- Comparison Between Commonly Available Waite-Smith decks by Michele
- This review compares and contrasts five Waite-Smith decks, the
Rider-Waite, The Original Rider-Waite (facsimile of the original four color version),
Universal Waite, Albano-Waite and The Golden Rider. All five decks use the drawings of
Pamela Colman-Smith and differ primarily in coloring and details. The Rider deck is the
one most commonly seen. It has good colors, but is drawn with rather thick lines and lacks
details such as shading and shadow. The Original deck, which is a recent release, uses the
same thick lined drawings, but is less colorful. There is no blue in this deck. Things
which we are accustomed to seeing in blue in the Rider deck are green in this version.
- The Universal has been redrawn using a finer line and is colored
with colored pencils allowing for good shading and shadow. The details are much more
defined and the deck does not look as flat as the previous two versions.
- The Albano-Waite uses the original thick lined drawings, but has
changed many of the colors or used deep, bright colors in place of the more muted colors
seen in other versions.
- The Golden Rider has redrawn the original pictures, using much
less detail than the other versions. The colors used in this deck are darker than the
others and there is metallic ink in either gold or bronze used as accent in many of the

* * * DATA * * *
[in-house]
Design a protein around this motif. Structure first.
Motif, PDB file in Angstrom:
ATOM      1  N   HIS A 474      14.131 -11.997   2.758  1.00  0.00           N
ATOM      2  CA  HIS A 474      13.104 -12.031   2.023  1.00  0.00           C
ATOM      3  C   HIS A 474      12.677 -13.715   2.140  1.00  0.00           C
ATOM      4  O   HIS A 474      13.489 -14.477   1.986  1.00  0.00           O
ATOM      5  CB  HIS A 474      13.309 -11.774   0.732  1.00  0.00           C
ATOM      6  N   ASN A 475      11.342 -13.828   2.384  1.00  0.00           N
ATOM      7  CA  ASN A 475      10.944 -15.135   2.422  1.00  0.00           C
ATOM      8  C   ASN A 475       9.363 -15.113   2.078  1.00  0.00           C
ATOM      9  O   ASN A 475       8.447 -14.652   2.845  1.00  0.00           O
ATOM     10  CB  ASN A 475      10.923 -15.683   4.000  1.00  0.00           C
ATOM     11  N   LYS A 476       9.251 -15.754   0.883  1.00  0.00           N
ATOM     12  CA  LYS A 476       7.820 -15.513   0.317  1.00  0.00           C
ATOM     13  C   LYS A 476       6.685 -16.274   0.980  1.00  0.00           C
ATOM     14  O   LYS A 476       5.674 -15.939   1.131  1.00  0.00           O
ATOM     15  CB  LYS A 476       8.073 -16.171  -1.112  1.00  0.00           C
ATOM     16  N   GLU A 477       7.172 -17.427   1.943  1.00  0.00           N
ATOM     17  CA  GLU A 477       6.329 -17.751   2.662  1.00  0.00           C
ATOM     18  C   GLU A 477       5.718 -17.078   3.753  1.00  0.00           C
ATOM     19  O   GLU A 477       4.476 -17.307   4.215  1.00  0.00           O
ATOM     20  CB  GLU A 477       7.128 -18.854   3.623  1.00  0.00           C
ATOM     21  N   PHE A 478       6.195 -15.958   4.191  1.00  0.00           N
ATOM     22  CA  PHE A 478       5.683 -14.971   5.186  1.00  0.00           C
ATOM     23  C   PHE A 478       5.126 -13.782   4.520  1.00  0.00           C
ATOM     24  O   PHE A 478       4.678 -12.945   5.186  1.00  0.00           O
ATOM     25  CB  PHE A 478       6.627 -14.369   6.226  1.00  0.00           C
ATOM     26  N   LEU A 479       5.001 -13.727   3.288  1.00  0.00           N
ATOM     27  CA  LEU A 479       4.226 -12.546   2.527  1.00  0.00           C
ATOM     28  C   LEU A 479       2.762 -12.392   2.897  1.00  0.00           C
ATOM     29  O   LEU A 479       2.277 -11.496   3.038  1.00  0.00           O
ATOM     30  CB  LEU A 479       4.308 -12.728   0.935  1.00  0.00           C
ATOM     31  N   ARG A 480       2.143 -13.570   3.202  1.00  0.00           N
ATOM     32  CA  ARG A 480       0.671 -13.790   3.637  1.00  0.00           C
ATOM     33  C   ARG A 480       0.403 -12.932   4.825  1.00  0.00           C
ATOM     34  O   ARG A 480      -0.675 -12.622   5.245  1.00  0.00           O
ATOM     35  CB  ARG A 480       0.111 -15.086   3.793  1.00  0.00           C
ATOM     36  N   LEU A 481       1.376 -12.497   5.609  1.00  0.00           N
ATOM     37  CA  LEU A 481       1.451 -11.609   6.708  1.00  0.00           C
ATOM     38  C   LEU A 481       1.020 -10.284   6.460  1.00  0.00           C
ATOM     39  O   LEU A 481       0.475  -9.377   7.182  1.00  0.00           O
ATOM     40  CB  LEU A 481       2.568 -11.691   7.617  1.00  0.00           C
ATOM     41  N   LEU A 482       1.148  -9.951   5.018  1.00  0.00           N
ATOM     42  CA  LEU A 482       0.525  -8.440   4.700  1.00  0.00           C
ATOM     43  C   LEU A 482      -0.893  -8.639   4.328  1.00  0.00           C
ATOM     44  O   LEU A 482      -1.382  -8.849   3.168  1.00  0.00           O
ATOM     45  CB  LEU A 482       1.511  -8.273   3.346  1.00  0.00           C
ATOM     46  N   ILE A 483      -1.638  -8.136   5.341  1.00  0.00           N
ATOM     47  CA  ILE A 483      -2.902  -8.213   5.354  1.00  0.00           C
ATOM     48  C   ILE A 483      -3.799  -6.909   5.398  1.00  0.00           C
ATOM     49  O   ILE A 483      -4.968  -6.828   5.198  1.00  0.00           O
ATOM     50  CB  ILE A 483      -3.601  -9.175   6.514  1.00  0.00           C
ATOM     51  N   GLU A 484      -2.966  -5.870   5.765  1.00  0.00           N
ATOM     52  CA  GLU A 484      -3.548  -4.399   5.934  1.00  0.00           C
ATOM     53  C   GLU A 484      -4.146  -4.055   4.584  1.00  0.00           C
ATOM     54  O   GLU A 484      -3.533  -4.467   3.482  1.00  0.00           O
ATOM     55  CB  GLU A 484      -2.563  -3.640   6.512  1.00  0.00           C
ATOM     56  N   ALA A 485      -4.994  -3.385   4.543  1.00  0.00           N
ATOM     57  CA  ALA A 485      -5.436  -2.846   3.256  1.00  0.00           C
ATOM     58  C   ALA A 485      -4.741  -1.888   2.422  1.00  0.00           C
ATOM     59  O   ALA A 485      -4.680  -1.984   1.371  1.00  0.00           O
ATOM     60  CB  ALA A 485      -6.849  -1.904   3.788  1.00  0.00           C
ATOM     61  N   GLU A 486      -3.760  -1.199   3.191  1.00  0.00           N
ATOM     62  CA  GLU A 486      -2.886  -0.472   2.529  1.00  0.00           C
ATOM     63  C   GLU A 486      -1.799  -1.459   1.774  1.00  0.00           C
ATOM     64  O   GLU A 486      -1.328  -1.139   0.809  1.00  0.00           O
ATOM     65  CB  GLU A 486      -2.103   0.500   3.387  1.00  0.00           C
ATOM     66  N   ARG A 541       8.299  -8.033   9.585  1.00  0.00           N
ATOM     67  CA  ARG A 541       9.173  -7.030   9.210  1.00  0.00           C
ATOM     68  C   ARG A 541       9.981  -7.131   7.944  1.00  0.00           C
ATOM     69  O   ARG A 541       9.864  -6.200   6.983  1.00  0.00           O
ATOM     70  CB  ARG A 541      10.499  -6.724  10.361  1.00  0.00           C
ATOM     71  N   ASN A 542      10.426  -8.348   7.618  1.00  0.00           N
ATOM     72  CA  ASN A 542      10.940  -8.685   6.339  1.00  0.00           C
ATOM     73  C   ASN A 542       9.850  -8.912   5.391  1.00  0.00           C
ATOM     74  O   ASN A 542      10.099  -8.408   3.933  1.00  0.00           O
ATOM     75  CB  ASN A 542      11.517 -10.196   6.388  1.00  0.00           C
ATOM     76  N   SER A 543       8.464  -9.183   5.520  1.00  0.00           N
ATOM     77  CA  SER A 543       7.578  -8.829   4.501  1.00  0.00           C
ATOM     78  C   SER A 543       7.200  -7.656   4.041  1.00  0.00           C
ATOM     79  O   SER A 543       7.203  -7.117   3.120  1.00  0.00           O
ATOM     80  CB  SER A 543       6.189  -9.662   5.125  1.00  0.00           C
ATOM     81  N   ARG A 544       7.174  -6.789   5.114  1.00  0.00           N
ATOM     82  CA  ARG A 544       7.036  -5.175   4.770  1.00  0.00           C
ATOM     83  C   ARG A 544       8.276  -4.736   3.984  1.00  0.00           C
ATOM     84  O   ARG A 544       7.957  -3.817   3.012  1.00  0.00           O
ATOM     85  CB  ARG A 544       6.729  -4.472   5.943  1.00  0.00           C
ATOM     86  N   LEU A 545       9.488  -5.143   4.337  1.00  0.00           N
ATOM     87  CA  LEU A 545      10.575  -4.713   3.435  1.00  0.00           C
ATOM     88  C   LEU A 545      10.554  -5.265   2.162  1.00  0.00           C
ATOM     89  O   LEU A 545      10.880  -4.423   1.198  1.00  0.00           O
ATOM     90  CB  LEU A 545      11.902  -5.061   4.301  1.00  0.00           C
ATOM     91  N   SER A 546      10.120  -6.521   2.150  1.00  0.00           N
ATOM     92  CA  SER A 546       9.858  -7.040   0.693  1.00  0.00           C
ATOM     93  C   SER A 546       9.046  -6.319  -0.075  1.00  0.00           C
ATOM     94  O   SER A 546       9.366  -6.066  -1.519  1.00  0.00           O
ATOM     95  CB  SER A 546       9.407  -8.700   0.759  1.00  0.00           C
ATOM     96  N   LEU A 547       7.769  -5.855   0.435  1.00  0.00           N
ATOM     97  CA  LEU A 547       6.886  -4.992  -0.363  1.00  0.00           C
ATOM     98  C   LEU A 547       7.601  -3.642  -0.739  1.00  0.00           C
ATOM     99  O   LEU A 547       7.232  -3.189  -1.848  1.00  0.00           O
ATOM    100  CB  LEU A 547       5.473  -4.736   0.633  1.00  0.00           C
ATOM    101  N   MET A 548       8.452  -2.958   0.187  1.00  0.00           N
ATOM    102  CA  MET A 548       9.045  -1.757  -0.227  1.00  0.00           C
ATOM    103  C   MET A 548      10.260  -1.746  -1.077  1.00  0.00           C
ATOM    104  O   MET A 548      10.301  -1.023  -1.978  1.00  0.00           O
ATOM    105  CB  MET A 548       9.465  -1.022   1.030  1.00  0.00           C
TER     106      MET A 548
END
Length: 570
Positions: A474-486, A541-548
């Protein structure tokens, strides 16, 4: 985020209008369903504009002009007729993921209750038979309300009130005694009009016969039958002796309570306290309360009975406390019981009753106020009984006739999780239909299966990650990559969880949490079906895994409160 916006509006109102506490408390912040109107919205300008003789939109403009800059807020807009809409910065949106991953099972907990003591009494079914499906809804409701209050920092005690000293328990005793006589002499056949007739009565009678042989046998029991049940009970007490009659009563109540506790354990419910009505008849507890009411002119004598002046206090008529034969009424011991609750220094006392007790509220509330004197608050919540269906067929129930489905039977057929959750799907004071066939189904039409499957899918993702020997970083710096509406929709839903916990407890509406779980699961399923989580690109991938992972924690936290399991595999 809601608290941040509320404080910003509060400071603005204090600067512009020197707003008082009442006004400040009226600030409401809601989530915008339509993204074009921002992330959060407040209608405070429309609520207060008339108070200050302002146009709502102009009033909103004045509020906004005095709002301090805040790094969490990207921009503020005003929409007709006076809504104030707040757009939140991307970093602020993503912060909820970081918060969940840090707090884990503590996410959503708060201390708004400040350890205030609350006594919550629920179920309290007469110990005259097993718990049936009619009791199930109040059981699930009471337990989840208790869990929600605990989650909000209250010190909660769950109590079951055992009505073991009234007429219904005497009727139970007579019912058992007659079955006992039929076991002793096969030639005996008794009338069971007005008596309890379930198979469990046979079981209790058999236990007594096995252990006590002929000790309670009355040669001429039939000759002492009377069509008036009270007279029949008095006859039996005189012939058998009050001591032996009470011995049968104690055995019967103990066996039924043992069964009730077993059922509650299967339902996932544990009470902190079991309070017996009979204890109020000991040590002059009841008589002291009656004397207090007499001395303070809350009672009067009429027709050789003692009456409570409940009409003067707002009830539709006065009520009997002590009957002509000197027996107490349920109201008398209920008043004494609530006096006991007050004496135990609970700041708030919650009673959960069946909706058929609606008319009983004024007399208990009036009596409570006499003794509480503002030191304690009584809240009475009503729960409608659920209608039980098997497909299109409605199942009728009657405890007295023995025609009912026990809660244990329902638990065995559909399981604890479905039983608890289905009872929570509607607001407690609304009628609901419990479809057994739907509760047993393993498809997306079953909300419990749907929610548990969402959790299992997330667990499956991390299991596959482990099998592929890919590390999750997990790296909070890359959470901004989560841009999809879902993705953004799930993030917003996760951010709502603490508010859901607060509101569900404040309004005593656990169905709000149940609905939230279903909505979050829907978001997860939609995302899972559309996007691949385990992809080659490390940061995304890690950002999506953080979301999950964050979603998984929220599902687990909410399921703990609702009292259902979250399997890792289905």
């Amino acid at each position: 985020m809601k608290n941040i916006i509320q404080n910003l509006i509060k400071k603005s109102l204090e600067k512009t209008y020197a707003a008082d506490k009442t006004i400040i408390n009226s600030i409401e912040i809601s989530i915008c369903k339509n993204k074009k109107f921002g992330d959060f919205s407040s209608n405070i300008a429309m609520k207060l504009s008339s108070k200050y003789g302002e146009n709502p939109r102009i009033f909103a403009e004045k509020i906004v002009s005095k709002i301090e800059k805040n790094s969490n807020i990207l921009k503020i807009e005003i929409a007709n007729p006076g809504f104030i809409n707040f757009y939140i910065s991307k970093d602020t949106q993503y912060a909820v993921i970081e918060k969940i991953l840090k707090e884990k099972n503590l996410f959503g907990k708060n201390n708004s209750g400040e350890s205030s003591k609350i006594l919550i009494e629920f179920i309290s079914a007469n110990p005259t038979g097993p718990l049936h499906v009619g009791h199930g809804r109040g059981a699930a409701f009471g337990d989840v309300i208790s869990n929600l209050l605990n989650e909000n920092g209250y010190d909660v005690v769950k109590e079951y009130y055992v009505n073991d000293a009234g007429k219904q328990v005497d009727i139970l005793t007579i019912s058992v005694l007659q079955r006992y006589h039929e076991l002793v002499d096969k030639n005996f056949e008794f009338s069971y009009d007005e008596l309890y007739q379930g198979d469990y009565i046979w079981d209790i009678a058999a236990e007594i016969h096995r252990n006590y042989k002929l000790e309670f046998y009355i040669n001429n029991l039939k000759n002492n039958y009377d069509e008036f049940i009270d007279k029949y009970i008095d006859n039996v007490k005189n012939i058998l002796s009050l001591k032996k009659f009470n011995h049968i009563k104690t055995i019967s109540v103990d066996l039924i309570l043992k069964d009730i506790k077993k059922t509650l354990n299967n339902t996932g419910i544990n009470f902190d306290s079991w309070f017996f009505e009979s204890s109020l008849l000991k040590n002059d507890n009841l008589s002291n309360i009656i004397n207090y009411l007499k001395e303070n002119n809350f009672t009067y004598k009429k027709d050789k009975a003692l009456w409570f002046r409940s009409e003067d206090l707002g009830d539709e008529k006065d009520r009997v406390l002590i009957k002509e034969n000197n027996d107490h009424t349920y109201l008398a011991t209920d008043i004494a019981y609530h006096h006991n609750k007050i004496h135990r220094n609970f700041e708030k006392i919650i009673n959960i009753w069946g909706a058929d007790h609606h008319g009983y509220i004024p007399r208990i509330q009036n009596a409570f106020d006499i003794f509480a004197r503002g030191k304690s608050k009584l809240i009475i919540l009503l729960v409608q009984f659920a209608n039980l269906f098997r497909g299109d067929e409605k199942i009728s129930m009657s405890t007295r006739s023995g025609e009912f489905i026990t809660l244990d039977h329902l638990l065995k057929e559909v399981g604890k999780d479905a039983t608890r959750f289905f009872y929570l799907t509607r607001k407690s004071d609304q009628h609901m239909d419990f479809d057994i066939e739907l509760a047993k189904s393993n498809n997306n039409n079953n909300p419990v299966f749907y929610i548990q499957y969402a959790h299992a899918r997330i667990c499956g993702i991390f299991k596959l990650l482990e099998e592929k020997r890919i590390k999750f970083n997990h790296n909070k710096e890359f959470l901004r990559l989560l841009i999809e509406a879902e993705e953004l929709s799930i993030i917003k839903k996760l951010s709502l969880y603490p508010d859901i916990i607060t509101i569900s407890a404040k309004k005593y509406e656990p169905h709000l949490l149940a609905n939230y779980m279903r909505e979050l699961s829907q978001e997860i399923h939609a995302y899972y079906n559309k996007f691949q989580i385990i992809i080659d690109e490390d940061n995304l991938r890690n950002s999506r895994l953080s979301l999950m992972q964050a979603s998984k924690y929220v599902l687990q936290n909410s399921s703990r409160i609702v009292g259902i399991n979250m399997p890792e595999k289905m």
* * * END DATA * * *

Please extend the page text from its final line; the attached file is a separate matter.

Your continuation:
cards. The border of all the cards is metallic bronze.
- From an artistic standpoint, the Universal is the best in my
opinion. The subtle use of shading and the fineness of the lines and details enhances Ms.
Coleman-Smith's original work. The Golden Rider is also very attractive. The lack of
details gives the deck a simple and open look. The metallic accents often catch you by
surprise when you turn a card over. The Albano-Waite is somewhat garish in appearance and
the bright colors look somewhat childish. The Original Rider Waite comes with a small
version of Waite's "Pictorial Key to the Tarot", without the illustrations. It
is nicely boxed with the book and would make a nice gift for someone who uses the
Waite-Smith deck, though it is not attractive enough to replace it in my opinion. The
Universal Waite and Regular Rider-Waite are available as deck/book sets, bundled with
"The Pictorial Key to the Tarot". It would be cheaper to buy them separately
though. Barnes and Nobles has re-released the book and I have seen it there for $5.98 on
sale, though I think the regular price is $7.98. This is for a hardcover version.
- There are other Waite-Smith versions out there including the
Hoi-Polloi, which is out of print, and the Deluxe, which has gold leaf edges. There are
also cheaply published imitations available, some with interpretations written on the
cards. For collectors, original releases are out there, but they are very expensive. There
are various subtle differences in the different printings since the original was released
and the price varies with the printing. I also have a "World's Tiniest Tarot"
version, which is a miniature of the cheap version, 1"X2" in size ($4.98!).
- Color Comparison Chart
||lt. pea green
||white flowers on lt. blue
|dk. blue w/gold stars
||white w/gold sun
||metallic gold on
bronze w/pink center
See different sized Rider-Waite Decks
If you would like to buy the Rider-Waite Tarot, click
If you would like to buy the Original Rider-Waite Tarot, click
If you would like to buy the Universal Rider-Waite, click
If you would like to buy the Albano Rider-Waite, click
This page is Copyright © 1997 by Michele Jackson